Dinner, DNA, Discovery
Harriet and Chuck came to dinner last Sunday. I met Chuck on my first trip to Dallas when I began the clinical trial in February 2012. We keep in touch with email and our monthly phone chats. They live in Oergon.
Chuck’s lost many family members to the disease. I believe his mom, dad, cousin, aunt all died from APBD. Harriet is Chuck’s wife, a brilliant woman with a heart larger than a harvest moon. She organizes our monthly chat group and facilitates it.
From the moment Harriet and Chuck walked in the door we felt close. After all we are integral to a most elite tribe, that of APBD. With billions in the world we are mere hundreds. An orphan disease is one with 1,500 or less, we are so orphan we aren’t even born.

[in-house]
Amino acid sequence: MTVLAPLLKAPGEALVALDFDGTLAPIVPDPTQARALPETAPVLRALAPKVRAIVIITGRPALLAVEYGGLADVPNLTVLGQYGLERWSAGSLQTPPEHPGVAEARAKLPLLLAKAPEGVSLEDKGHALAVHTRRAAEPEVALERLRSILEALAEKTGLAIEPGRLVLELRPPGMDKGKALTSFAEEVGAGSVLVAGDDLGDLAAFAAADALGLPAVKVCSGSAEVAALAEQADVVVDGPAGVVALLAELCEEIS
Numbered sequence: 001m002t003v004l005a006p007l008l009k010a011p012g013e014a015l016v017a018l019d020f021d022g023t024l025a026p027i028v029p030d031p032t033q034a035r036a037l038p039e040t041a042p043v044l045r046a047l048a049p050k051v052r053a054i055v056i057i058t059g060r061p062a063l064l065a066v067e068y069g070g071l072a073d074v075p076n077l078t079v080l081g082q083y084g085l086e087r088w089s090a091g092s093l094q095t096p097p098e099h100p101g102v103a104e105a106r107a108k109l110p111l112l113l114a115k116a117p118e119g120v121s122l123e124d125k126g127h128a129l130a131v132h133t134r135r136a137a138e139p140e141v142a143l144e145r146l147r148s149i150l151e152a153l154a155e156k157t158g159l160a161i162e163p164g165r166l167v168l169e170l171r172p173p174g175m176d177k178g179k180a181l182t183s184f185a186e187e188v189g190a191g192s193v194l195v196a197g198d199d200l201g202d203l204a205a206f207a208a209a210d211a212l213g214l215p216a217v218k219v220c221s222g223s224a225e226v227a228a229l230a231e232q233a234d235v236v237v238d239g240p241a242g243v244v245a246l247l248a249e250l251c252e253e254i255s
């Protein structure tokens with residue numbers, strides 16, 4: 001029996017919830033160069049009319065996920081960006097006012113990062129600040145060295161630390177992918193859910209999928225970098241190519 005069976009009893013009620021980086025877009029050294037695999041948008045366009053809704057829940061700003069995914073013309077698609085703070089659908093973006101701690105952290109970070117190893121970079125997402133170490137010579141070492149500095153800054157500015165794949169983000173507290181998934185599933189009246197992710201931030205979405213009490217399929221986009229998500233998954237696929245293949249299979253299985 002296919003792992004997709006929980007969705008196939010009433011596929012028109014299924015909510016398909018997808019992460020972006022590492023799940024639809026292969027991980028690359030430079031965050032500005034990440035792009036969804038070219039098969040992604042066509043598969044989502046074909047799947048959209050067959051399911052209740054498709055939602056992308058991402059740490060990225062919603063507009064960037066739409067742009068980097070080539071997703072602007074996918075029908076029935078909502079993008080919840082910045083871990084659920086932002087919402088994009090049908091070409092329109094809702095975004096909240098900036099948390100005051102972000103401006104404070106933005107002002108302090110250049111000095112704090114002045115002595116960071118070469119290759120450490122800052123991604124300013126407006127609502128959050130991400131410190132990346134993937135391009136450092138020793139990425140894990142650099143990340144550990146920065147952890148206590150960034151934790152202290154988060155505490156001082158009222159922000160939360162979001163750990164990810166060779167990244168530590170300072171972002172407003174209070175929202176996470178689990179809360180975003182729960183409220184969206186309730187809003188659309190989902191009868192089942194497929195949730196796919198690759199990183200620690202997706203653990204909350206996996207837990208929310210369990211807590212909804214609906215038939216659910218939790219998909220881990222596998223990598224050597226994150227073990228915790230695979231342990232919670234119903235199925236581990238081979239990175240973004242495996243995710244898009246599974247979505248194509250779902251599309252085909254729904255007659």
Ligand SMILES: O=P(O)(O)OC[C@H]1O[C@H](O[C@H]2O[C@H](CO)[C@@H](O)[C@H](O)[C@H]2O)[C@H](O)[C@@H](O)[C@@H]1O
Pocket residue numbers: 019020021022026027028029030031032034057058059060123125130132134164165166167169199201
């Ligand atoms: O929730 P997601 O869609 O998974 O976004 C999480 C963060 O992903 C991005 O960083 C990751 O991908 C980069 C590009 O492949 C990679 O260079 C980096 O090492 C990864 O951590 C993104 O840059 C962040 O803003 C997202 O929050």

Would we have wished for membership? No. But as we laughed and shared anecdotes, ever-shining Harriet pointed out, “if not for APBD we wouldn’t be here enjoying each other.”
There is no room for pretense, disingenuousness, formality. It’s cut to the chase: pass the tomatoes w parsley/feta; I fell the other day, more lentil salad, my bladder is a little better/no more self-cathing, yes lemon in my sparkling water please.
Given our shared mutation, Chuck and I may be related. All of us from Ashkenazi origins with this mutation most probably are. I’m getting a DNA analysis.
As we were hugging goodbye Harriet said that we should have an APBD road trip. I burst out laughing visualizing the circus—we might make it to the highway by dusk. “I have to eat something.” “I’m just gonna nap for 25 minutes.” “Sorry, have to pee again, hope it won’t take 20 minutes this time.” “Who just fell?”
Btw: disease with even worse name than APBD: “…leishmaniasis… difficult name that nobody remembers…not snappy, like sleeping sickness or river blindness.” Or…
From Dr. Dillon in today’s NYT Science Section.